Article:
Hypocrite is a Greek word that is just spelled a little differently than it is in English (hypokritai). However, we give the English word a nuance that isn’t implied in Greek.
The first part of the Greek word, hypo, means under, and the second part, kritai, means judge (it’s where we get the English words critical and criticize). So in the Bible, a hypocrite is a ‘lesser judge,’ or ‘little judge.’ In other words, they are not a proper judges in a courtroom; no, they are just little judges who are very judgmental of the actions or conduct of others in their day-to-day lives. So the meaning of the Greek word is basically, ‘a judgmental person.’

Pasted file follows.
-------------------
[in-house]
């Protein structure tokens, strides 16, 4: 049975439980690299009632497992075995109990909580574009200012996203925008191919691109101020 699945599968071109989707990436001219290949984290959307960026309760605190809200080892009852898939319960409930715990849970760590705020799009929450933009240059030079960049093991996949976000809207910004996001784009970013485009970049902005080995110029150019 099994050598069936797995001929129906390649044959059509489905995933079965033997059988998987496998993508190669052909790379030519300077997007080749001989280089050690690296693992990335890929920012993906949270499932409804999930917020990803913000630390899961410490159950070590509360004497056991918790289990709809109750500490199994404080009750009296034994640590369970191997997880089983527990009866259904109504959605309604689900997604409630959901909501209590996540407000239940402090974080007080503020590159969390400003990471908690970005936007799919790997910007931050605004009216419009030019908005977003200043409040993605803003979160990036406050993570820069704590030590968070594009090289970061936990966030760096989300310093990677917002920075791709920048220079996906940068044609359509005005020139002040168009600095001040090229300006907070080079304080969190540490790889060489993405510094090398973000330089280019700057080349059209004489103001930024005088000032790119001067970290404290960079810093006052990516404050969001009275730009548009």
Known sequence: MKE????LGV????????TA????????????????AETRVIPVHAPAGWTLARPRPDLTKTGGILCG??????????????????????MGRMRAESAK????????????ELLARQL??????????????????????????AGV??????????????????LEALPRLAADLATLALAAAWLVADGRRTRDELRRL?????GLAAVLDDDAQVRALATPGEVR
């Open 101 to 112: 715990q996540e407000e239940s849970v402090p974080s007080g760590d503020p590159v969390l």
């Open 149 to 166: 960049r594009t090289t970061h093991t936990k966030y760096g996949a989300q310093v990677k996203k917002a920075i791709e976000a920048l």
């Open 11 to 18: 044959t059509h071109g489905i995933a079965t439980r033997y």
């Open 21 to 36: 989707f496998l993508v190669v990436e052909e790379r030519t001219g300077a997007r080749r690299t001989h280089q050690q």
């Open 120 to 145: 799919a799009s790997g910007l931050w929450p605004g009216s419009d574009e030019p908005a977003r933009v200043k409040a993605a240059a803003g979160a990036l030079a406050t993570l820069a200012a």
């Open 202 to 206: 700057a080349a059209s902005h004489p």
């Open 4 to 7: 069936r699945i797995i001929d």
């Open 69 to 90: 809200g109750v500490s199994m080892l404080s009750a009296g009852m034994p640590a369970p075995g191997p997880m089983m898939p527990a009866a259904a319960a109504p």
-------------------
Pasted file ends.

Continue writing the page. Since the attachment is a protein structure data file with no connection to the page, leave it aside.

This differs from the meaning in English: someone who doesn’t follow his own advice. Does this mean that ‘hypocrite’ is the wrong word to use? Would it be a mistranslation? No.
Jesus likely said all these words in Aramaic. According to the Aramaic texts of the Gospels, he may have originally said something very close to the modern English meaning. It appears as a two-word phrase (nasb'ay b'ahp'eah), which we could translate as face taker. This describes pretenders, or those who put on a false front. Therefore what was likely the original Aramaic phrasing said by Jesus carried the same meaning as the our modern word hypocrite.
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